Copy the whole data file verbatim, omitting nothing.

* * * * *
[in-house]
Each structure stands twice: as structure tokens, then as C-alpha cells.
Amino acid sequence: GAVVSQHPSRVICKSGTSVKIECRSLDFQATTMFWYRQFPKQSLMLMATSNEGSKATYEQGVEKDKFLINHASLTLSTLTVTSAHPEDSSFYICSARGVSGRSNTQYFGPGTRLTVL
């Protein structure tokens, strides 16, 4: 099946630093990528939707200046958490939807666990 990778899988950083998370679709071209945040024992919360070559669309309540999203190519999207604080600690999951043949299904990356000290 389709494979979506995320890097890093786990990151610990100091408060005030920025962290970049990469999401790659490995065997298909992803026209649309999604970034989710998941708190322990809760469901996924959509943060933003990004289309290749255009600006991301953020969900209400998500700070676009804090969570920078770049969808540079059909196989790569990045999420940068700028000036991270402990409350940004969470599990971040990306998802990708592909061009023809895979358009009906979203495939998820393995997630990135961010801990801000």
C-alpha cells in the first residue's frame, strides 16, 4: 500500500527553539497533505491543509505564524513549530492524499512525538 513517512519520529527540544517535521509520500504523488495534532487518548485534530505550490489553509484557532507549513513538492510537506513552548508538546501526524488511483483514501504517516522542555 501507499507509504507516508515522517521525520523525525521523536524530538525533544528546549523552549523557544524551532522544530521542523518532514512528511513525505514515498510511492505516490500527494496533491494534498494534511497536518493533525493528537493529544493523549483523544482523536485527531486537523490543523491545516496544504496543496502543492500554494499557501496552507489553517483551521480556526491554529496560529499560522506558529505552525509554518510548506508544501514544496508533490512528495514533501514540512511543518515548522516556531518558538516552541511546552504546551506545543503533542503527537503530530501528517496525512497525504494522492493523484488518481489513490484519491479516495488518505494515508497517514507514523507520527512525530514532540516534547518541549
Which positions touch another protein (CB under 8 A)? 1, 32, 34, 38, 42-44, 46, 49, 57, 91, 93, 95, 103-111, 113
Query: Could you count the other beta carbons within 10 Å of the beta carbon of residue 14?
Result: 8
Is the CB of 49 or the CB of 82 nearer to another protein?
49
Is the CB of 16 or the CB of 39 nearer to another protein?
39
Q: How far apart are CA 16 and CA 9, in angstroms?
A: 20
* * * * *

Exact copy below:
[in-house]
Each structure stands twice: as structure tokens, then as C-alpha cells.
Amino acid sequence: GAVVSQHPSRVICKSGTSVKIECRSLDFQATTMFWYRQFPKQSLMLMATSNEGSKATYEQGVEKDKFLINHASLTLSTLTVTSAHPEDSSFYICSARGVSGRSNTQYFGPGTRLTVL
């Protein structure tokens, strides 16, 4: 099946630093990528939707200046958490939807666990 990778899988950083998370679709071209945040024992919360070559669309309540999203190519999207604080600690999951043949299904990356000290 389709494979979506995320890097890093786990990151610990100091408060005030920025962290970049990469999401790659490995065997298909992803026209649309999604970034989710998941708190322990809760469901996924959509943060933003990004289309290749255009600006991301953020969900209400998500700070676009804090969570920078770049969808540079059909196989790569990045999420940068700028000036991270402990409350940004969470599990971040990306998802990708592909061009023809895979358009009906979203495939998820393995997630990135961010801990801000």
C-alpha cells in the first residue's frame, strides 16, 4: 500500500527553539497533505491543509505564524513549530492524499512525538 513517512519520529527540544517535521509520500504523488495534532487518548485534530505550490489553509484557532507549513513538492510537506513552548508538546501526524488511483483514501504517516522542555 501507499507509504507516508515522517521525520523525525521523536524530538525533544528546549523552549523557544524551532522544530521542523518532514512528511513525505514515498510511492505516490500527494496533491494534498494534511497536518493533525493528537493529544493523549483523544482523536485527531486537523490543523491545516496544504496543496502543492500554494499557501496552507489553517483551521480556526491554529496560529499560522506558529505552525509554518510548506508544501514544496508533490512528495514533501514540512511543518515548522516556531518558538516552541511546552504546551506545543503533542503527537503530530501528517496525512497525504494522492493523484488518481489513490484519491479516495488518505494515508497517514507514523507520527512525530514532540516534547518541549
Which positions touch another protein (CB under 8 A)? 1, 32, 34, 38, 42-44, 46, 49, 57, 91, 93, 95, 103-111, 113
Query: Could you count the other beta carbons within 10 Å of the beta carbon of residue 14?
Result: 8
Is the CB of 49 or the CB of 82 nearer to another protein?
49
Is the CB of 16 or the CB of 39 nearer to another protein?
39
Q: How far apart are CA 16 and CA 9, in angstroms?
A: 20